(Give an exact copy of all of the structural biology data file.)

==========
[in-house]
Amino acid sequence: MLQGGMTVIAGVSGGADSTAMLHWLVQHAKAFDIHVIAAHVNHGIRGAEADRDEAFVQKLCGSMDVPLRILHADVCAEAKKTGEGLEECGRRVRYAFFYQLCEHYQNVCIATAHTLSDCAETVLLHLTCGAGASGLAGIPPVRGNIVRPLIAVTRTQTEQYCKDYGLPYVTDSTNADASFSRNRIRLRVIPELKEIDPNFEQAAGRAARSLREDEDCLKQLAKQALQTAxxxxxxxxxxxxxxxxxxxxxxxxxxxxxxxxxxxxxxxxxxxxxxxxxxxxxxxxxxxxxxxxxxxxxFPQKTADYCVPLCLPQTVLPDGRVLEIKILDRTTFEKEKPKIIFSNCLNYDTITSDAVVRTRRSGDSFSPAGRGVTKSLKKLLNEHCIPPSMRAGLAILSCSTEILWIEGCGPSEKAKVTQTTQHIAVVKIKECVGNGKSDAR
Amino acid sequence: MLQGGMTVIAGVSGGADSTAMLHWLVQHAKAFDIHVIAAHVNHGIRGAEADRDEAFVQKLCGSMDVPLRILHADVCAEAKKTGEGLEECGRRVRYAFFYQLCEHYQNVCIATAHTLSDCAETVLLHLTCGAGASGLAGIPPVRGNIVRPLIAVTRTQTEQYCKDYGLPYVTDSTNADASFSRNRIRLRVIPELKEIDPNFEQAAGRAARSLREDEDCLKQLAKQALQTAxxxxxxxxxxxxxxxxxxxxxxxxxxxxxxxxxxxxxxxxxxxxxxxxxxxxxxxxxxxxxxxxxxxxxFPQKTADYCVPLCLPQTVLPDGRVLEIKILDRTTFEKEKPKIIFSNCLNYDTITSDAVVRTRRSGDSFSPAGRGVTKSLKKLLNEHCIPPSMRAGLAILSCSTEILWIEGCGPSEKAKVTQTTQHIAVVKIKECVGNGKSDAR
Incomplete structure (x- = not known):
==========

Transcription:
[in-house]
Amino acid sequence: MLQGGMTVIAGVSGGADSTAMLHWLVQHAKAFDIHVIAAHVNHGIRGAEADRDEAFVQKLCGSMDVPLRILHADVCAEAKKTGEGLEECGRRVRYAFFYQLCEHYQNVCIATAHTLSDCAETVLLHLTCGAGASGLAGIPPVRGNIVRPLIAVTRTQTEQYCKDYGLPYVTDSTNADASFSRNRIRLRVIPELKEIDPNFEQAAGRAARSLREDEDCLKQLAKQALQTAxxxxxxxxxxxxxxxxxxxxxxxxxxxxxxxxxxxxxxxxxxxxxxxxxxxxxxxxxxxxxxxxxxxxxFPQKTADYCVPLCLPQTVLPDGRVLEIKILDRTTFEKEKPKIIFSNCLNYDTITSDAVVRTRRSGDSFSPAGRGVTKSLKKLLNEHCIPPSMRAGLAILSCSTEILWIEGCGPSEKAKVTQTTQHIAVVKIKECVGNGKSDAR
Amino acid sequence: MLQGGMTVIAGVSGGADSTAMLHWLVQHAKAFDIHVIAAHVNHGIRGAEADRDEAFVQKLCGSMDVPLRILHADVCAEAKKTGEGLEECGRRVRYAFFYQLCEHYQNVCIATAHTLSDCAETVLLHLTCGAGASGLAGIPPVRGNIVRPLIAVTRTQTEQYCKDYGLPYVTDSTNADASFSRNRIRLRVIPELKEIDPNFEQAAGRAARSLREDEDCLKQLAKQALQTAxxxxxxxxxxxxxxxxxxxxxxxxxxxxxxxxxxxxxxxxxxxxxxxxxxxxxxxxxxxxxxxxxxxxxFPQKTADYCVPLCLPQTVLPDGRVLEIKILDRTTFEKEKPKIIFSNCLNYDTITSDAVVRTRRSGDSFSPAGRGVTKSLKKLLNEHCIPPSMRAGLAILSCSTEILWIEGCGPSEKAKVTQTTQHIAVVKIKECVGNGKSDAR
Incomplete structure (x- = not known):